7

The following explanation is in a footnote at torah.org 22 For unknown reasons, Tosfos, Moed Katan 11a (quoted by Reb Akiva Eiger Y.D. 116 and by Kaf ha-Chayim 170:79), advises against drinking water [or soda] after fish. She'arim Metzuyanim B'halachah 33:2 (2) suggests that for this reason whiskey - and not water - is customarily drunk between ...


6

In SHU"T(questions and answers) Siach Yitchok(יור''ד סימן שפ''ז) SHU"T Pikudas Elezer(סימן ס''ז) In reference to scaling the fish while alive he answers NO.He brings a proof from a Pri Megadim in the name of the Chinuch that the reason that Schechting needs a knife with no blemishes is because of Tzar Balay Chaim and since fish do not require Shechting ...


6

It's also worth pointing out that those who follow the opinion of R' Shneur Zalman of Liadi (in his Seder Birchos Hanehenin 1:11, cited in Mishnah Berurah 208:25) should preferably eat sushi, or any other rice dishes, only during a meal of bread, because there are variant views as to whether rice is the orez mentioned in the Gemara, and this would affect the ...


6

Because the question asks, "which sources say yes and which sources say no", I feel like the question warrants a response that includes a few more sources. The most comprehensive discussion of the issue is published by Dr. Ari Zivotofsky in Bar Ilan's journal Bechol Derachecha Daeihu (vol. 19) and its history is summarized in this news article. Rav Hershel ...


6

Yes. Goldfish ars kosher. You can even kill it to eat it if you want. Ritual slaughter is not necessary for fish (Rambam Shechita 1:3). Lists of kosher fish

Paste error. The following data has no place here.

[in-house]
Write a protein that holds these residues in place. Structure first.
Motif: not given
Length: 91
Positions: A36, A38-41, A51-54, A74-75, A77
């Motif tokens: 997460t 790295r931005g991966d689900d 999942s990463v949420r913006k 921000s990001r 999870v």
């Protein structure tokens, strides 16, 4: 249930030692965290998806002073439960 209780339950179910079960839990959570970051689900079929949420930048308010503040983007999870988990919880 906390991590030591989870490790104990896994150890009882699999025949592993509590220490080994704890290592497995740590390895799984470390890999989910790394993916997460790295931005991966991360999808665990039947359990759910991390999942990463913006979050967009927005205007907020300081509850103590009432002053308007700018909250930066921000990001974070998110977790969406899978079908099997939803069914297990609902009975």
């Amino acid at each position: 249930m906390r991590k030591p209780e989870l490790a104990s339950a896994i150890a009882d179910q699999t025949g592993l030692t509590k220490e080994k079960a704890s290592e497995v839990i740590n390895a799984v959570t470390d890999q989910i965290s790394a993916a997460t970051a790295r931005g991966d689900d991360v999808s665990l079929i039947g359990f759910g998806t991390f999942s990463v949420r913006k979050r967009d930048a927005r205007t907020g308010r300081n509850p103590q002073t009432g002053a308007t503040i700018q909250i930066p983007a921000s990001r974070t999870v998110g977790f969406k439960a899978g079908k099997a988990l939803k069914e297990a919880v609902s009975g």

5

Harav Akiva Eisenberg (formerly a lecturer at Aish and Ohr, now retired,) told me something excellent. Our preparation and the order of the meal at the Shabbos table is a re-enactment of Ma'aseh Bereishis. The order of our preparation and of our meals seems to be inviolate, as if it were set in stone. Who would have a fleishige first course and a main ...


5

There is a mishnah that explicitly permits fish and milk: Hullin [8:1]: כל הבשר אסור לבשל בחלב, חוץ מבשר דגים וחגבים My translation: "One is not permitted to cook [and eat] any meat in milk, except for the meat of fish and [permitted types of] locust" So no, there is no halachic problem with eating fish and milk together, or else the ...


5

To continue Shalom's answer, I would like to bring down the opinion of the Taz that says the Bet Yosef made a misprint and meant to write fish with meat. So wrote the Hida. However, Maran HaRab Obadia Yosef in Yechawe Daat writes "Yesh Lehimana" meaning that is prohibited according to Sephardim. Rab Obadia Yosef brings a Kula from the Kaf HaHaim that butter ...


5

I believe you have the cases reversed. If you can tell that the fish has scales then you do not need the fins because all scaled fish have fins as well and you know the fish is kosher. The converse is not true and if you find a piece of fish which you can identify as having fins you may not eat it until you ascertain it also has scales. (Shulchan Aruch Yoreh ...